This section of the blog is focused of erg venue racing, rather than internet racing using rowpro. Although some of the tips here are applicable to rowpro racing, that will be covered on the “pimp my erg” section at a later date.
Erg racing tips – arriving at the venue:
Whether you’re heading to your first ever venue race, or you’ve been racing for years, you will always feel nervous in the build up to the race and you don’t want to add to that stress by arriving late, or not knowing how things work when you arrive. Upon arrival you will have to register for your race whether it is a small local race, or the British Championships, so allow time for this. I recommend arriving at the venue at least an hour before your race time, and preferably longer. Register as soon as you arrive, and then try to find out whether the racing is running on time, you don’t want to finish your warm up only to realise your race is delayed by an hour (I’ve been there, done that!).
Never try a new warm up on race day, use a tried and tested method. Remember that when racing at a venue you have to comply with a particular race time, and at the larger races you may need to complete your main warm up some 10 to 15 minutes before race time in order to wait in a holding area. Know what the process is, and time your warm up accordingly.
At many of the venue races the ergs can be brand new, and as such may be very different in feel, and drag at a particular resistance level, to your dusty old gym erg. Whenever you use a new erg it is vital to set up the foot plate height and the drag, and it is especially vital in a race where any little thing can put you off your race plan. During a venue race the monitor display tends to be slightly different than you’re used to in the gym, with the drag permanently displayed on the warm up screen. The first thing you should do on getting to your race erg is set up the footplates and drag. If you think there is something wrong with your erg, tell a race marshall as soon as you can.
In a venue race the computer system both starts and times the race. Usually with the visual (on the monitor) commands “Ready, Attention, ROW”, the timing begins immediately you see ROW. If you don’t start straight away you will lose time, and this will be evident straight away in your average split time. Expect some reaction time, and stick to your race plan rather than chasing the average split at the beginning of the race.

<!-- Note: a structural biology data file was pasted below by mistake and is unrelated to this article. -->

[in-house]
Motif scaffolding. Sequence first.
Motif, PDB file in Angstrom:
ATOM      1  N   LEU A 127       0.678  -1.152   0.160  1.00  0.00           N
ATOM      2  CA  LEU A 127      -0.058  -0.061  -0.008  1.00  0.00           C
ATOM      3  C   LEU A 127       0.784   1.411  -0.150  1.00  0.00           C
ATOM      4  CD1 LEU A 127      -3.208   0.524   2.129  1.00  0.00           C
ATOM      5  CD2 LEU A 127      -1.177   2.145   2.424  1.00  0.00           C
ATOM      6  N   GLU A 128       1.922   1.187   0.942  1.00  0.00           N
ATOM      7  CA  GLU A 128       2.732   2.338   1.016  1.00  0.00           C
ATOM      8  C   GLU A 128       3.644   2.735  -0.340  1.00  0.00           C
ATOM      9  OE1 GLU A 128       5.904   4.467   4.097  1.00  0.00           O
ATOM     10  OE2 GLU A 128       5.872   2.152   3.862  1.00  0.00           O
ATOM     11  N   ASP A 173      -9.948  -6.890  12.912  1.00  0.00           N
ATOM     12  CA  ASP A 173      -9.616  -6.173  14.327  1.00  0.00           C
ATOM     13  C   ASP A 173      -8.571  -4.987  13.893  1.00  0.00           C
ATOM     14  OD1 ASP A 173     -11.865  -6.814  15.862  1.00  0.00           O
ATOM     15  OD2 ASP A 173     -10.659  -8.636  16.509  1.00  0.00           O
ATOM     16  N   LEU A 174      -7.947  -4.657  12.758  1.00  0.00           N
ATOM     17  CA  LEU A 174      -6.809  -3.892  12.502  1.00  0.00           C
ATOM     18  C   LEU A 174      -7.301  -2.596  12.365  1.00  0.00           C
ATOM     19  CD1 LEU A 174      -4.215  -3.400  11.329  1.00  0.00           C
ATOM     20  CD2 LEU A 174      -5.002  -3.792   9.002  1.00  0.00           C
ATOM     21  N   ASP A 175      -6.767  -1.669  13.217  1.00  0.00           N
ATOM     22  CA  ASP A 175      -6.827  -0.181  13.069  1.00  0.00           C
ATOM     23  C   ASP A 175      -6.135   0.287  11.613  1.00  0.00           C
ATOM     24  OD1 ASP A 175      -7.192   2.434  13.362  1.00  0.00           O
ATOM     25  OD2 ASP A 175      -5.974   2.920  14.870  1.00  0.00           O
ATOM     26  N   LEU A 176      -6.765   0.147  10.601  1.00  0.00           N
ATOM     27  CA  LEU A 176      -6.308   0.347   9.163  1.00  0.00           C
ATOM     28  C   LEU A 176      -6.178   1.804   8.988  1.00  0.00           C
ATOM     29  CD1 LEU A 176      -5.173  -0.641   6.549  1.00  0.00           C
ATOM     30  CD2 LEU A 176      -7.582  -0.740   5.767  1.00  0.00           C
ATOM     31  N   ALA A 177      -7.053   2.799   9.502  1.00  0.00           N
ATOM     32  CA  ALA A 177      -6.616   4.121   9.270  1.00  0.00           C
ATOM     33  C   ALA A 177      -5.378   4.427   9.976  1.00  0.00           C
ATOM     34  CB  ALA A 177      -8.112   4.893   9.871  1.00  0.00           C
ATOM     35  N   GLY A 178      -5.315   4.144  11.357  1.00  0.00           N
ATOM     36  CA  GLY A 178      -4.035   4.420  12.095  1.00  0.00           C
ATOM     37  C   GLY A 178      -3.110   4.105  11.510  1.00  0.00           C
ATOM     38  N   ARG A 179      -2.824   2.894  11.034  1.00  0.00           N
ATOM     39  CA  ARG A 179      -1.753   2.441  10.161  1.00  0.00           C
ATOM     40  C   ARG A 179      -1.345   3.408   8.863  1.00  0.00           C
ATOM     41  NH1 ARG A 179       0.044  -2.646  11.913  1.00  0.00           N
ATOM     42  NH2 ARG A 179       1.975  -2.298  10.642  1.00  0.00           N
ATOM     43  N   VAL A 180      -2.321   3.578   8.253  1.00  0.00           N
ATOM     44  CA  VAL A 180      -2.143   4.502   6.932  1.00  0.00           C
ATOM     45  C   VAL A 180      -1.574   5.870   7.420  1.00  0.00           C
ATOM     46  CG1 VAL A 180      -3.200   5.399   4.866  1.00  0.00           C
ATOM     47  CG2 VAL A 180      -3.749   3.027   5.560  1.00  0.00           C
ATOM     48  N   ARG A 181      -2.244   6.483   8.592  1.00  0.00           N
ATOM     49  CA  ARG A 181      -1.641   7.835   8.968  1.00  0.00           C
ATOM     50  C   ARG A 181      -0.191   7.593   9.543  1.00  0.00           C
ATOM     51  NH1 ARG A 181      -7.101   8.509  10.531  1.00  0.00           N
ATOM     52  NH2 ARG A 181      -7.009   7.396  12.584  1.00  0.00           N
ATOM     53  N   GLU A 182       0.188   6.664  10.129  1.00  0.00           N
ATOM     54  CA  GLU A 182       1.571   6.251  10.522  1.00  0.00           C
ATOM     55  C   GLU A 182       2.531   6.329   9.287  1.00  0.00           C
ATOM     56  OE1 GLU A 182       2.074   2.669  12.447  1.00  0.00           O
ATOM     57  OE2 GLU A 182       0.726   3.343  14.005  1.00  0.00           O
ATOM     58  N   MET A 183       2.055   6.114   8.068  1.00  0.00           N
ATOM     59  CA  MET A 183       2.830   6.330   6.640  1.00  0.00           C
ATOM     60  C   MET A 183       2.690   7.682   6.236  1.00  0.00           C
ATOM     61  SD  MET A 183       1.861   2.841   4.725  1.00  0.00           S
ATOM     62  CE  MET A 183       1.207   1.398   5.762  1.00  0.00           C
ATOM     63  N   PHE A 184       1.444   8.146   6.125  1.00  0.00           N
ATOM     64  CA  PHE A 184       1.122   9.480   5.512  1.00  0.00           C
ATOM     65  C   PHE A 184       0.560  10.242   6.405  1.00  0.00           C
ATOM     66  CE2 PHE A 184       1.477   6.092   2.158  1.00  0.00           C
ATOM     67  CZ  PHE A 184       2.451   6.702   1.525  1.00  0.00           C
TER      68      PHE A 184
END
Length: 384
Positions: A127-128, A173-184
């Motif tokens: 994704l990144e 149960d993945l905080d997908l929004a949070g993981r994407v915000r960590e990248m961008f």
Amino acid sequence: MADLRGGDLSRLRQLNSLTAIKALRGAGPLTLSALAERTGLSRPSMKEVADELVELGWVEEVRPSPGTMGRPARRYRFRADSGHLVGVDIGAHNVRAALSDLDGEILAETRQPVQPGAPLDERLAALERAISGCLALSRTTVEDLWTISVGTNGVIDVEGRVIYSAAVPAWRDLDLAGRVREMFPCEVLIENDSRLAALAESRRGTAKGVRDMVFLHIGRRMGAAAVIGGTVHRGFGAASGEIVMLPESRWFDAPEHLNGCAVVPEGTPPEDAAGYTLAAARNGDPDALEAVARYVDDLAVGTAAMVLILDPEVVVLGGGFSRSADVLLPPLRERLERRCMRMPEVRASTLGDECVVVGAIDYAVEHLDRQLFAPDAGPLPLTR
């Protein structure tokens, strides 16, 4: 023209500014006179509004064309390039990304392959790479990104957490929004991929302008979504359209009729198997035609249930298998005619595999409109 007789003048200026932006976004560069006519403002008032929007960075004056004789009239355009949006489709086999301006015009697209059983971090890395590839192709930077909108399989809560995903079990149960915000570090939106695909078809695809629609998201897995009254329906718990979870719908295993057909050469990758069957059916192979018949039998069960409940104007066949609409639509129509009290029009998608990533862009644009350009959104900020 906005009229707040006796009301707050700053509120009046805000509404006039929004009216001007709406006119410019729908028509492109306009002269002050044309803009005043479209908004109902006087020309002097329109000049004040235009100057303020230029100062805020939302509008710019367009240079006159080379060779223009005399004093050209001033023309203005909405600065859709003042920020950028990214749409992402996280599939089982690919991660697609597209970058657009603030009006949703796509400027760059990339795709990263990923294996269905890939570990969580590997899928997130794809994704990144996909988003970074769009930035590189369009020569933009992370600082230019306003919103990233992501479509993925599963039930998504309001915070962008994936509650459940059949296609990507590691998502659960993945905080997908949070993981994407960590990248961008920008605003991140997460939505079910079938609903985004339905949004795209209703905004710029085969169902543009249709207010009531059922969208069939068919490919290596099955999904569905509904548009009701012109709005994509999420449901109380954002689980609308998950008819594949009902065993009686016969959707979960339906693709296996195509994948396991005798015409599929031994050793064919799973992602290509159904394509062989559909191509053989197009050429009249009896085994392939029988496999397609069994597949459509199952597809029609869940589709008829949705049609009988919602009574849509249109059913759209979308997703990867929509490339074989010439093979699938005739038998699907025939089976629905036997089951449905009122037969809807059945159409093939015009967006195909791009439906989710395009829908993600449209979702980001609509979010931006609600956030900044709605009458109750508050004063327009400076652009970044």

The one contentious part of racing starts is whether to do a few hard and fast strokes before settling to race pace, or to simply get down to race pace and maintain it. Either way, it is essential you don’t go hard for more than 10seconds or you will pay for it later in the race. I am an advocate of the fast start, and I recommend doing 5 hard strokes to begin a 2k, using a fairly high (but not maximal) power, and a high stroke rate. Then for the next 5 strokes I back off the power and let the split fall back to race pace.
Have a plan. Row your plan. The chances are some of the people in your race will abandon their race plans with the adrenelin of the occasion. They will row far too fast for the first few hundred metres, and drop back drastically later on. Don’t let this put you off, don’t try to chase them, and certainly don’t let this be you!
You will have additional information on the monitor during the race that you don’t see in the gym, for example race positions including the distance between you and the competitors either side of you. Again, try not to let this affect your race plan, but towards the end of the race in can give you that extra incentive to push harder and do a good sprint finish. Try to always muster a sprint finish for the last 150m, no matter what has happened before this, and always keep rowing until the monitor reads 0 metres to go. Don’t be one of those people who misses out on the pb or medal by stopping 1 stroke short of the line.
My past 2k racing performances:
World Indoor Rowing Championships (Crash B’s)
2004: 6:15.2, splits [1:31.7, 1:34.0, 1:35.0, 1:34.6] 52nd place, Open HWT
British Indoor Rowing Championships (BIRC)
2008: 6:17.4, splits [1:33.2, 1:34.2, 1:35.0, 1:34.9] 5th place, 30-34 HWT
2007: 6:19.6, splits [1:33.7, 1:34.9, 1:35.9, 1:35.2] 6th place, 30-34 HWT
2003: 6:17.1, splits [ ] 36th place, Open HWT
2002: 6:22.0, splits [ ] 51st place, Open HWT
2001: 6:35.9, splits [ ] 105th place, Open HWT
European Indoor Rowing Championships
2004: 6:27.1, splits [1:34.6, 1:36.5, 1:38.9, 1:37.2]
Oct 2001: 6:30.7, Newark, 3rd
Jan 2002: 6:36.8, Nottingham
Mar 2002: 6:31.7, Cardiff
Apr 2002: 6:28.0, Doncaster, 1st
May 2002: 6:27.9, Cambridge, 4th
Oct 2002: 6:26.3, Newark, 2nd
Oct 2002: 6:23.4, Portsmouth, 6th
Dec 2002: 6:21.9, Cardiff, 5th
Feb 2003: 6:22.9, Manchester, 7th
Feb 2003: 6:21.0, Sheffield, 2nd
Mar 2003: 6:19.7, Nottingham, 4th
Mar 2003: 6:17.9, Doncaster, 2nd
Mar 2003: 6:19.7, OIRC, 3rd
Apr 2003: 6:20.0, Scottish, 2nd
Jun 2003: 6:27.0, Enfield
Oct 2003: 6:19.6, Portsmouth, 3rd
Dec 2003: 6:13.7, Cardiff, 2nd
Jan 2004: 6:11.8, Cambridge, 3rd
Feb 2004: 6:15.6, Manchester, 5th
Mar 2004: 6:14.6, OIRC, 2nd
Mar 2004: 6:13.0, Sheffield, 1st
Apr 2004: 6:15.8, Scottish, 1st
Sep 2004: 6:14.7, Enfield, 2nd
Oct 2004: 6:18.9, Cambridge, 2nd
Oct 2004: 6:17.8, Southampton, 1st
Feb 2005: 6:25.4, Manchester, 5th
Still more to be added….